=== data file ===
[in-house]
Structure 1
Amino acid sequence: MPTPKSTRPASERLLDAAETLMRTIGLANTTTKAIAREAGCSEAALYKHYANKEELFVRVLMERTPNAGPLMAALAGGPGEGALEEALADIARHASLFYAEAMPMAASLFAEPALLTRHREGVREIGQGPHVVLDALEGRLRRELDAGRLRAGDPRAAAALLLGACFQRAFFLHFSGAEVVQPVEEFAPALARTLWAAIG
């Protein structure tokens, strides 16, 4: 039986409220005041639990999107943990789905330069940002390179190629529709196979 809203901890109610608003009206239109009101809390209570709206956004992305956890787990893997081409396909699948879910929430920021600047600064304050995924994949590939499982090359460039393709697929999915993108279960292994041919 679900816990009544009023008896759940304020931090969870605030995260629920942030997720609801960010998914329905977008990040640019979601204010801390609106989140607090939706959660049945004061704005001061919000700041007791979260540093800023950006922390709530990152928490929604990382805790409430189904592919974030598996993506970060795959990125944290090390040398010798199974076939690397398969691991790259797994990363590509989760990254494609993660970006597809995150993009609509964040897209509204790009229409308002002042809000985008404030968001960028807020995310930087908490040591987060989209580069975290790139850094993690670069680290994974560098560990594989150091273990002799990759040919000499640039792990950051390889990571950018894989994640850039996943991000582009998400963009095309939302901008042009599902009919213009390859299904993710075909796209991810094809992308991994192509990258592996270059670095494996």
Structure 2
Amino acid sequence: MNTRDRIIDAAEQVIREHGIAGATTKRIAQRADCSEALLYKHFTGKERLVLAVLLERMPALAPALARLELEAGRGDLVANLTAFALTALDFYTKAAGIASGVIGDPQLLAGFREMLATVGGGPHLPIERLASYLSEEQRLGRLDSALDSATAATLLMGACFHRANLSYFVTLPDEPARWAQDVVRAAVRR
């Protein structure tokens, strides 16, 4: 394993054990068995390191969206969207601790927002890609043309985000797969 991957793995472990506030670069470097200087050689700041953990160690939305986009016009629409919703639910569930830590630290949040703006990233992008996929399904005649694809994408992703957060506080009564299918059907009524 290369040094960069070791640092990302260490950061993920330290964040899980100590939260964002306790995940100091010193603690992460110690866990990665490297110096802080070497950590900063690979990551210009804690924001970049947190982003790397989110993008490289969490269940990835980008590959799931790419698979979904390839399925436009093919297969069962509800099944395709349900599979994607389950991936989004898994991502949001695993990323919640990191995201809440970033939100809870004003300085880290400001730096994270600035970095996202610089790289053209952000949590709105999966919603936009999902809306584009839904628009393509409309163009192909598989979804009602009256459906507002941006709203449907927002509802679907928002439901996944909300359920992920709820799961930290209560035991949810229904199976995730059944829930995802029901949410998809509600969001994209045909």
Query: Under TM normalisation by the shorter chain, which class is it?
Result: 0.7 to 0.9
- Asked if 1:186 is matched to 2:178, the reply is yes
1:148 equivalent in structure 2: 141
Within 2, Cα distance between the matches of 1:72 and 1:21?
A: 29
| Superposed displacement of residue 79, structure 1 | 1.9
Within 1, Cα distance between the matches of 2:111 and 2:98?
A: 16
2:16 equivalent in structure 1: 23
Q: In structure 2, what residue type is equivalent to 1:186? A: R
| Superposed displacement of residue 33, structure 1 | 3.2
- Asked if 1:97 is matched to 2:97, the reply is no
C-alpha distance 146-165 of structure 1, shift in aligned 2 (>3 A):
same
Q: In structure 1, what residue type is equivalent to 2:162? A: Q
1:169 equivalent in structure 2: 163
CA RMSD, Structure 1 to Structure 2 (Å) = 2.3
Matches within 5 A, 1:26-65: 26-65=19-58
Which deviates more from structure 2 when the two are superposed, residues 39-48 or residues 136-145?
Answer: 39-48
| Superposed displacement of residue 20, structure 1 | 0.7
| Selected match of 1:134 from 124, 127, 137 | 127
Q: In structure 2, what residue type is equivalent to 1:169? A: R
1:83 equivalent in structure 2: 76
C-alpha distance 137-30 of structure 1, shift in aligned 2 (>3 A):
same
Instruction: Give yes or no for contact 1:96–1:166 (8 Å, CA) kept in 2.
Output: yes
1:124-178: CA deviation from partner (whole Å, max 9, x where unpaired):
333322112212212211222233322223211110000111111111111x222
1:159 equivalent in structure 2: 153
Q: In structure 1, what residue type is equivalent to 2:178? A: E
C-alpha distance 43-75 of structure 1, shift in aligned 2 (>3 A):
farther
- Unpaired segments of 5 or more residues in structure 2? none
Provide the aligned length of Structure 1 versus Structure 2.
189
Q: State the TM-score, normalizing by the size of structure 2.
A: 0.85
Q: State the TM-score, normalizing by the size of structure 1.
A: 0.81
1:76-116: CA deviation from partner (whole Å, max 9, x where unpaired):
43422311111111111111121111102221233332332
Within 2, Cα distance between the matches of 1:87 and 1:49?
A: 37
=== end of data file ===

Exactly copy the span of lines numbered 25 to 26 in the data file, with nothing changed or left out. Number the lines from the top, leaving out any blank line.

CA RMSD, Structure 1 to Structure 2 (Å) = 2.3
Matches within 5 A, 1:26-65: 26-65=19-58